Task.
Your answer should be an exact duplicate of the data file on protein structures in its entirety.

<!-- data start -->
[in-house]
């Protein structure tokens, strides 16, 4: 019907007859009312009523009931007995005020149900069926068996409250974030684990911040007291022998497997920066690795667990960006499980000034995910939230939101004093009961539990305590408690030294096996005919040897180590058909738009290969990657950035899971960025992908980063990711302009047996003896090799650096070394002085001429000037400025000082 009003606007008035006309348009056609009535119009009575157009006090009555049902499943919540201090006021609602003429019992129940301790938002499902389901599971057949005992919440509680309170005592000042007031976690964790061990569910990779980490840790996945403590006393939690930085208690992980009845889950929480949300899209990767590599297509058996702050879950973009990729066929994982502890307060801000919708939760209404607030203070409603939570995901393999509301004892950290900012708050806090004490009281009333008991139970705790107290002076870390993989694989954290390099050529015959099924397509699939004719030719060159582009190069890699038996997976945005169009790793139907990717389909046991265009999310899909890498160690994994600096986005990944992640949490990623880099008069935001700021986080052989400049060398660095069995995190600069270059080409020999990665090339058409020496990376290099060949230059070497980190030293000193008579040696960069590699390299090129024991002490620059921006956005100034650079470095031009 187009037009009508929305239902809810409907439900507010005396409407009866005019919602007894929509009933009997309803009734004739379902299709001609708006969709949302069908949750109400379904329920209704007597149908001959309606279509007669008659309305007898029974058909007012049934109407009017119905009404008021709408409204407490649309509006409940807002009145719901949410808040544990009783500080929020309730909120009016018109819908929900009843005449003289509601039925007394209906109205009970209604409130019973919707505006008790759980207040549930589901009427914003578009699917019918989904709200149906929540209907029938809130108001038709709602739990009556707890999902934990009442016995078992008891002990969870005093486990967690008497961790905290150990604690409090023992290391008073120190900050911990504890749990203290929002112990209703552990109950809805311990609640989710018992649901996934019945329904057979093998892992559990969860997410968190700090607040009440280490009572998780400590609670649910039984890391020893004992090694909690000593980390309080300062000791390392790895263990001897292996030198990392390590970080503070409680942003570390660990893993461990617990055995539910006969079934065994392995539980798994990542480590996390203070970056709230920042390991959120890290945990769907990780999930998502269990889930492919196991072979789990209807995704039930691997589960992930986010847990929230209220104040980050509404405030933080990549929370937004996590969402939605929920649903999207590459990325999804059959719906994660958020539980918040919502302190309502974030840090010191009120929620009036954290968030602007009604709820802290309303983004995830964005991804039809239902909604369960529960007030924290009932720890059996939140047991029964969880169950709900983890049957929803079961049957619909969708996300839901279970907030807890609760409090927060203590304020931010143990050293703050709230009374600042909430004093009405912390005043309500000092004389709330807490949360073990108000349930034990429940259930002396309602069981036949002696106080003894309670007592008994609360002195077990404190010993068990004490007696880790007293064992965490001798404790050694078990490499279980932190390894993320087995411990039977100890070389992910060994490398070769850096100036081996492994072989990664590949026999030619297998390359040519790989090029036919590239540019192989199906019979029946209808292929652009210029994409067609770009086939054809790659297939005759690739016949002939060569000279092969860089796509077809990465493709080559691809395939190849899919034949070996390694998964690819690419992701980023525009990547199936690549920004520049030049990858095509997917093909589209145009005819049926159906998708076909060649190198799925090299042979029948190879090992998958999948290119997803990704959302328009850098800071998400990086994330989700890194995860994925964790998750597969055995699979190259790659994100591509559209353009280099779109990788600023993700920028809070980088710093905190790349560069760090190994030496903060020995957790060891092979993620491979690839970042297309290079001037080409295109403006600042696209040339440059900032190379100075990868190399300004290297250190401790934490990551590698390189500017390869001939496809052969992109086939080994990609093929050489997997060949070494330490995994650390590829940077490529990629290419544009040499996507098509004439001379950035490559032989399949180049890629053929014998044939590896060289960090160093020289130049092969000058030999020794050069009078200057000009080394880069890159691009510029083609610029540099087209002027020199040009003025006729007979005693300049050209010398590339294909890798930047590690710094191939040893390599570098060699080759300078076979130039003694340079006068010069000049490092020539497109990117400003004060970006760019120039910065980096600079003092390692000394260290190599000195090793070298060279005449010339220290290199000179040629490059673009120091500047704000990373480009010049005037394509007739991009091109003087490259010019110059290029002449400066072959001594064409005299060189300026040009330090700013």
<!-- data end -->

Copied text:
[in-house]
């Protein structure tokens, strides 16, 4: 019907007859009312009523009931007995005020149900069926068996409250974030684990911040007291022998497997920066690795667990960006499980000034995910939230939101004093009961539990305590408690030294096996005919040897180590058909738009290969990657950035899971960025992908980063990711302009047996003896090799650096070394002085001429000037400025000082 009003606007008035006309348009056609009535119009009575157009006090009555049902499943919540201090006021609602003429019992129940301790938002499902389901599971057949005992919440509680309170005592000042007031976690964790061990569910990779980490840790996945403590006393939690930085208690992980009845889950929480949300899209990767590599297509058996702050879950973009990729066929994982502890307060801000919708939760209404607030203070409603939570995901393999509301004892950290900012708050806090004490009281009333008991139970705790107290002076870390993989694989954290390099050529015959099924397509699939004719030719060159582009190069890699038996997976945005169009790793139907990717389909046991265009999310899909890498160690994994600096986005990944992640949490990623880099008069935001700021986080052989400049060398660095069995995190600069270059080409020999990665090339058409020496990376290099060949230059070497980190030293000193008579040696960069590699390299090129024991002490620059921006956005100034650079470095031009 187009037009009508929305239902809810409907439900507010005396409407009866005019919602007894929509009933009997309803009734004739379902299709001609708006969709949302069908949750109400379904329920209704007597149908001959309606279509007669008659309305007898029974058909007012049934109407009017119905009404008021709408409204407490649309509006409940807002009145719901949410808040544990009783500080929020309730909120009016018109819908929900009843005449003289509601039925007394209906109205009970209604409130019973919707505006008790759980207040549930589901009427914003578009699917019918989904709200149906929540209907029938809130108001038709709602739990009556707890999902934990009442016995078992008891002990969870005093486990967690008497961790905290150990604690409090023992290391008073120190900050911990504890749990203290929002112990209703552990109950809805311990609640989710018992649901996934019945329904057979093998892992559990969860997410968190700090607040009440280490009572998780400590609670649910039984890391020893004992090694909690000593980390309080300062000791390392790895263990001897292996030198990392390590970080503070409680942003570390660990893993461990617990055995539910006969079934065994392995539980798994990542480590996390203070970056709230920042390991959120890290945990769907990780999930998502269990889930492919196991072979789990209807995704039930691997589960992930986010847990929230209220104040980050509404405030933080990549929370937004996590969402939605929920649903999207590459990325999804059959719906994660958020539980918040919502302190309502974030840090010191009120929620009036954290968030602007009604709820802290309303983004995830964005991804039809239902909604369960529960007030924290009932720890059996939140047991029964969880169950709900983890049957929803079961049957619909969708996300839901279970907030807890609760409090927060203590304020931010143990050293703050709230009374600042909430004093009405912390005043309500000092004389709330807490949360073990108000349930034990429940259930002396309602069981036949002696106080003894309670007592008994609360002195077990404190010993068990004490007696880790007293064992965490001798404790050694078990490499279980932190390894993320087995411990039977100890070389992910060994490398070769850096100036081996492994072989990664590949026999030619297998390359040519790989090029036919590239540019192989199906019979029946209808292929652009210029994409067609770009086939054809790659297939005759690739016949002939060569000279092969860089796509077809990465493709080559691809395939190849899919034949070996390694998964690819690419992701980023525009990547199936690549920004520049030049990858095509997917093909589209145009005819049926159906998708076909060649190198799925090299042979029948190879090992998958999948290119997803990704959302328009850098800071998400990086994330989700890194995860994925964790998750597969055995699979190259790659994100591509559209353009280099779109990788600023993700920028809070980088710093905190790349560069760090190994030496903060020995957790060891092979993620491979690839970042297309290079001037080409295109403006600042696209040339440059900032190379100075990868190399300004290297250190401790934490990551590698390189500017390869001939496809052969992109086939080994990609093929050489997997060949070494330490995994650390590829940077490529990629290419544009040499996507098509004439001379950035490559032989399949180049890629053929014998044939590896060289960090160093020289130049092969000058030999020794050069009078200057000009080394880069890159691009510029083609610029540099087209002027020199040009003025006729007979005693300049050209010398590339294909890798930047590690710094191939040893390599570098060699080759300078076979130039003694340079006068010069000049490092020539497109990117400003004060970006760019120039910065980096600079003092390692000394260290190599000195090793070298060279005449010339220290290199000179040629490059673009120091500047704000990373480009010049005037394509007739991009091109003087490259010019110059290029002449400066072959001594064409005299060189300026040009330090700013």